State income taxes on income earned out of state

Discussion in 'Tax' started by Drewremedy, Jan 7, 2004.

  1. Drewremedy

    Drewremedy Guest

    Can somebody suggest some states which income tax residents
    on income earned out of state WITHOUT credit for income
    taxes paid elsewhere.

    EG A State X which fully taxes A's earned income in State
    Y even though resident A already paid state income taxes to
    Y.

    Does CA fit this mold?

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    Drewremedy, Jan 7, 2004
    #1
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  2. "Drewremedy" <> wrote:

    > Can somebody suggest some states which income tax residents
    > on income earned out of state WITHOUT credit for income
    > taxes paid elsewhere.
    >
    > EG A State X which fully taxes A's earned income in State
    > Y even though resident A already paid state income taxes to
    > Y.
    >
    > Does CA fit this mold?


    Don't know about CA offhand.

    But for NY - check out the Zelinsky(not sure if I'm spelling
    the name correctly) case. Its been through several judicial
    processes already, with more likely to come.

    There are also more NY cases on this subject, with various
    different fact patterns.

    --
    <<< Benjamin Yazersky CPA [NJ & NY] >>>

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    Benjamin Yazersky CPA, Jan 9, 2004
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  3. Benjamin Yazersky CPA <> wrote:
    > "Drewremedy" <> wrote:


    >> Can somebody suggest some states which income tax residents
    >> on income earned out of state WITHOUT credit for income
    >> taxes paid elsewhere.
    >>
    >> EG A State X which fully taxes A's earned income in State
    >> Y even though resident A already paid state income taxes to
    >> Y.


    > But for NY - check out the Zelinsky(not sure if I'm spelling
    > the name correctly) case. Its been through several judicial
    > processes already, with more likely to come.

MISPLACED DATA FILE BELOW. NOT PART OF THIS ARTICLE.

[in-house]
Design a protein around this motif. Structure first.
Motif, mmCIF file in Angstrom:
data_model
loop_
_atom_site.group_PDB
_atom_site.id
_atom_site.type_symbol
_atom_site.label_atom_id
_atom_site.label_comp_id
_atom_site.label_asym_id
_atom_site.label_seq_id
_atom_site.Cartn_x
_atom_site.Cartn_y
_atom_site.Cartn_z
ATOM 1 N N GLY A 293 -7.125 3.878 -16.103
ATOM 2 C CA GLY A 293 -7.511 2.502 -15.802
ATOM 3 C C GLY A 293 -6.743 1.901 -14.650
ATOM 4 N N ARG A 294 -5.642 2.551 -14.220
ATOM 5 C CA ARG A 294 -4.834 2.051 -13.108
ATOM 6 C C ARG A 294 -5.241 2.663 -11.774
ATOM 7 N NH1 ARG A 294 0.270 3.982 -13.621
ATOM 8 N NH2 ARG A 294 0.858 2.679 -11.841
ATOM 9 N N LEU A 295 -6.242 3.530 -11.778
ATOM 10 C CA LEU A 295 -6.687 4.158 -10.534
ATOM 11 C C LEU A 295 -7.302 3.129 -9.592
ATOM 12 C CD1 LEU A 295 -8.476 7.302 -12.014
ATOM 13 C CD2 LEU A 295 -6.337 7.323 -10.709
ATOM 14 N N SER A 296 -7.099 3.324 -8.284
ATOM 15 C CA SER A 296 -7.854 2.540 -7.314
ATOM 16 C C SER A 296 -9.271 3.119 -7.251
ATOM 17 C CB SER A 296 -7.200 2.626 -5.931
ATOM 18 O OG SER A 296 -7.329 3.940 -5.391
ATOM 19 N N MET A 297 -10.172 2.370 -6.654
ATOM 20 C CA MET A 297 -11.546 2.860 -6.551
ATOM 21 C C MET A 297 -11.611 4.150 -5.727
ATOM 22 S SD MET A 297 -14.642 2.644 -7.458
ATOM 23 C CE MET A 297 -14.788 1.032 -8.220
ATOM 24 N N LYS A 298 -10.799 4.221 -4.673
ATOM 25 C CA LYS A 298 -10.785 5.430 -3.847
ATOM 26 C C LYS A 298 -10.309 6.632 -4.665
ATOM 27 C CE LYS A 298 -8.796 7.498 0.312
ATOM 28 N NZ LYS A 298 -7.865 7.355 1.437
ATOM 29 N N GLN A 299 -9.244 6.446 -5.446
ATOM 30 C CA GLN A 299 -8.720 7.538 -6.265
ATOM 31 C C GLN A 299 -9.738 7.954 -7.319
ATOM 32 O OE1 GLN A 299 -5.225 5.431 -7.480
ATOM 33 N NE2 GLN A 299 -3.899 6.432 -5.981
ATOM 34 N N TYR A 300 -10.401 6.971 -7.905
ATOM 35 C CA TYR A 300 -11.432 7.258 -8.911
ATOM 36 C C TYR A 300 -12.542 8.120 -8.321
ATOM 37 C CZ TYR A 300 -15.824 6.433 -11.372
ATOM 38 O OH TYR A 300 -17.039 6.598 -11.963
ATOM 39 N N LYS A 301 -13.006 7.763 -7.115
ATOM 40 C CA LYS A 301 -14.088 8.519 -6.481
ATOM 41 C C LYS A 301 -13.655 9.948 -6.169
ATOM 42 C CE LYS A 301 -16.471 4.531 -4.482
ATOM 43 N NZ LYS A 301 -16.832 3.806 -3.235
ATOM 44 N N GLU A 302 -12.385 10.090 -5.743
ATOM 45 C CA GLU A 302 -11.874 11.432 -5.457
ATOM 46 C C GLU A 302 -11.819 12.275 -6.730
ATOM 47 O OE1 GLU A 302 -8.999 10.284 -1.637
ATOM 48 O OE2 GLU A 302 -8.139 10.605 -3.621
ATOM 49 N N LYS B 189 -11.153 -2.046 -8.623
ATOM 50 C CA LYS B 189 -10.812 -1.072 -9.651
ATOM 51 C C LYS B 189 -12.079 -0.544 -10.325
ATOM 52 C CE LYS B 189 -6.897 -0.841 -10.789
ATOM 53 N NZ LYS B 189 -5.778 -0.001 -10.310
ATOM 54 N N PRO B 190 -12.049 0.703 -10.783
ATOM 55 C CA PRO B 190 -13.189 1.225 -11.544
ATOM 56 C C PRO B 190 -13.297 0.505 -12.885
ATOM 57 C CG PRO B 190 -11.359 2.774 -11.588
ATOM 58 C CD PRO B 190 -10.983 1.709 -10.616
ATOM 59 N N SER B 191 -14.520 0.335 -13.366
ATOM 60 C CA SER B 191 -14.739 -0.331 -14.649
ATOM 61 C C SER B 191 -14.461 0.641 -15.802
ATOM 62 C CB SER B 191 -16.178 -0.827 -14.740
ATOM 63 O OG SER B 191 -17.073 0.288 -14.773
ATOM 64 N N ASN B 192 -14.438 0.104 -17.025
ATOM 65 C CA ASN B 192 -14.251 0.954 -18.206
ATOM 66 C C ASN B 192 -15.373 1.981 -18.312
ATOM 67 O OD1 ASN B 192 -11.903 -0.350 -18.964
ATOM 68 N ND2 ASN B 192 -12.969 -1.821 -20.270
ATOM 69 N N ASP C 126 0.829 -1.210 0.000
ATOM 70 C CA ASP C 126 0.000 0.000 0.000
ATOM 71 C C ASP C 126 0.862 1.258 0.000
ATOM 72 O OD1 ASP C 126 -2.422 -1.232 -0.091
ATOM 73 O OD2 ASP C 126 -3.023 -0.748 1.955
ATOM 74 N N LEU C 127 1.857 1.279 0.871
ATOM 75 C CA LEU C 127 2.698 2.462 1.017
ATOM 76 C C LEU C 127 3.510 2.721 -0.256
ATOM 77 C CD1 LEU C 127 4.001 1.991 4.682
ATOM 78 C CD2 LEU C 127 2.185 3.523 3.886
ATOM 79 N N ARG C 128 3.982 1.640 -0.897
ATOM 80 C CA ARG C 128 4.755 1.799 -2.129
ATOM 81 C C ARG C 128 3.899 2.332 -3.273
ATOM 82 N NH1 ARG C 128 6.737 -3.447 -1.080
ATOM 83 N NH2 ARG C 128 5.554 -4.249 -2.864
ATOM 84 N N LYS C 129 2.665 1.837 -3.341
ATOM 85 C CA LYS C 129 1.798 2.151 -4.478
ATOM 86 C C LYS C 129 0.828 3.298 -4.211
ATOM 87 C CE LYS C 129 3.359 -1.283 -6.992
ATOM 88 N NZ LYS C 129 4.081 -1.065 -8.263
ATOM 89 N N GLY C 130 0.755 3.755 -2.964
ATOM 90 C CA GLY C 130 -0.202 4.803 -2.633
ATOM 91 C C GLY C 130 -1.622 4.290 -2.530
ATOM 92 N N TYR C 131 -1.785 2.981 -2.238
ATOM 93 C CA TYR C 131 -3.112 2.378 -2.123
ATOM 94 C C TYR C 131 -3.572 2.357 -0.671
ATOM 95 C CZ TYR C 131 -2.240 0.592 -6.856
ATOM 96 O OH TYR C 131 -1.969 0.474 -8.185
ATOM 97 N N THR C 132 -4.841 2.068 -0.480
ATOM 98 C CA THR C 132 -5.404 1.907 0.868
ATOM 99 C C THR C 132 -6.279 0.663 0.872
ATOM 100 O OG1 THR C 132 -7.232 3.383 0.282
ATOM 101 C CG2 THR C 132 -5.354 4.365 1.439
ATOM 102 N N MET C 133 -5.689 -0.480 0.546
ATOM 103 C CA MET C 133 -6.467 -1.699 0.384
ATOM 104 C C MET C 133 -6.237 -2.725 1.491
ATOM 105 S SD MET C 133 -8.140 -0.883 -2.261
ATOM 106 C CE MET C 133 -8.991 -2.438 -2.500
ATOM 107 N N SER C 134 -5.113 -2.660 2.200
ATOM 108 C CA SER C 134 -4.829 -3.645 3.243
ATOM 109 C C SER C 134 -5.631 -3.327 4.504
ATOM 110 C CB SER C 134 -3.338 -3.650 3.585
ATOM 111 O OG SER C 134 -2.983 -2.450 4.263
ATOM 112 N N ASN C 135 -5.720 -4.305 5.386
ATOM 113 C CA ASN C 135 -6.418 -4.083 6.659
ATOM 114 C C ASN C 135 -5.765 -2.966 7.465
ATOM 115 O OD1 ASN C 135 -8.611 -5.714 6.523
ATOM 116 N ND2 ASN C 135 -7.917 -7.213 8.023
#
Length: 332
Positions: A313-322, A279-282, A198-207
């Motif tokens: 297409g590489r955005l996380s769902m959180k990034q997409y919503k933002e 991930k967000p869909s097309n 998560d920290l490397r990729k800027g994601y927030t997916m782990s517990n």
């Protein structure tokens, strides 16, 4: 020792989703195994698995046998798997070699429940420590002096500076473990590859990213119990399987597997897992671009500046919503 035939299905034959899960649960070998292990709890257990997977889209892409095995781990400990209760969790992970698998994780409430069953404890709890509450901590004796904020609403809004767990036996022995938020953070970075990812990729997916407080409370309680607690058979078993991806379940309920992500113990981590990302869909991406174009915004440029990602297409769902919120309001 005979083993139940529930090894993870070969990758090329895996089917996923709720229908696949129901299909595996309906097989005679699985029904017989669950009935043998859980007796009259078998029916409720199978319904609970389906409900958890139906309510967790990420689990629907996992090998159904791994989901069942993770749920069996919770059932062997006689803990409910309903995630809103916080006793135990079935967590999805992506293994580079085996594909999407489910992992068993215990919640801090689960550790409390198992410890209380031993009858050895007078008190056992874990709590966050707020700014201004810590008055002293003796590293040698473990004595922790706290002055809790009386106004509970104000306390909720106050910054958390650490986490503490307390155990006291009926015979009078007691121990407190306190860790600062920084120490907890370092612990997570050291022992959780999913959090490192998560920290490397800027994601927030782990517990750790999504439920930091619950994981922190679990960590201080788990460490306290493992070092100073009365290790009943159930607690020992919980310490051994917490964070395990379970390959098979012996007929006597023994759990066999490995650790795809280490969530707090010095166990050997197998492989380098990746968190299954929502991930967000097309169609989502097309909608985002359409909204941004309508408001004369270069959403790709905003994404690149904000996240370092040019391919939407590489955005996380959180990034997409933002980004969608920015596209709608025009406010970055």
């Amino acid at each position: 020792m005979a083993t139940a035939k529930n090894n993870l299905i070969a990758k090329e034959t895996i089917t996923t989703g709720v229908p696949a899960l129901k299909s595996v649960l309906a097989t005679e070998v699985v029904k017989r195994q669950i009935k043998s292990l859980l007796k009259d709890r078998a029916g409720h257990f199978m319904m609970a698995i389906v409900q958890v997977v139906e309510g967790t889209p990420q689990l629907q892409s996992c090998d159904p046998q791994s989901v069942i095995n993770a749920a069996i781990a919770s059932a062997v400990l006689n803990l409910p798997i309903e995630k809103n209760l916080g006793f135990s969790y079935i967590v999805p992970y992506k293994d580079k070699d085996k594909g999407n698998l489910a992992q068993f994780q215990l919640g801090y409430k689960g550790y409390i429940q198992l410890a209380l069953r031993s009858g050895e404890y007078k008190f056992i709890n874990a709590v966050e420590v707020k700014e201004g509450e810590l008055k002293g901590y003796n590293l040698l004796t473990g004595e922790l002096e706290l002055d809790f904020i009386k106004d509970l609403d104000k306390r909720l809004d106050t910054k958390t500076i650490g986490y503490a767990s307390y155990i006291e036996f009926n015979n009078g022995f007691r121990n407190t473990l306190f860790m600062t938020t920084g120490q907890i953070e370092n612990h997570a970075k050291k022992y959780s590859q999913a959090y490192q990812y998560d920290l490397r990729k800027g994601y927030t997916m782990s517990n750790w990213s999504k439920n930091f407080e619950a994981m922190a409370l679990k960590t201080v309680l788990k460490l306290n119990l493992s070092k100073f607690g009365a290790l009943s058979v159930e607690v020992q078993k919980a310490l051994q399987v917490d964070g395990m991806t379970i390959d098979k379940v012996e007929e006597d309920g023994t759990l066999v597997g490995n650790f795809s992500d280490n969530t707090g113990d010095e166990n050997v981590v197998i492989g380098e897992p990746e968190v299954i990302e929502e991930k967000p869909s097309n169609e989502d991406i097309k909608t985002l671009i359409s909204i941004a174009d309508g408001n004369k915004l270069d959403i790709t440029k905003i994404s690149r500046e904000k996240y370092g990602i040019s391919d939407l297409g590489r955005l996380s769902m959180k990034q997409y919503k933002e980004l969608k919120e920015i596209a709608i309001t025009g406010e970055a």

>
    > There are also more NY cases on this subject, with various
    > different fact patterns.


    When I lived in NY and worked in other states, my state
    Income Tax return included a credit for the taxes paid to
    the other states.

    Seth

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    Seth Breidbart, Jan 10, 2004
    #3
  4. Drewremedy

    A.G. Kalman Guest

    Drewremedy wrote:

    > Can somebody suggest some states which income tax residents
    > on income earned out of state WITHOUT credit for income
    > taxes paid elsewhere.
    >
    > EG A State X which fully taxes A's earned income in State
    > Y even though resident A already paid state income taxes to
    > Y.
    >
    > Does CA fit this mold?


    CA gives its residents tax credits for income tax paid to
    the other states except for those where they have the
    "reverse rule."

    The "reverse rule" is that the state where the CA resident
    worked gives the credit. From memory: No credits for
    working in AZ, IN and OR. Those states give the nonresident
    taxpayer a credit for CA taxes paid on income earned in
    their state. This also means that an AZ resident working in
    CA could not claim a credit on the AZ tax return but would
    claim the credit on the nonresident CA return. There's a
    funny rule with VA that involves dual residents that I can't
    remember, but effectively if you don't get the credit from
    CA, you get it from VA. The net of this is that double
    taxation for CA residents is avoided.

    CA also gives a credit for taxes paid to American Samoa,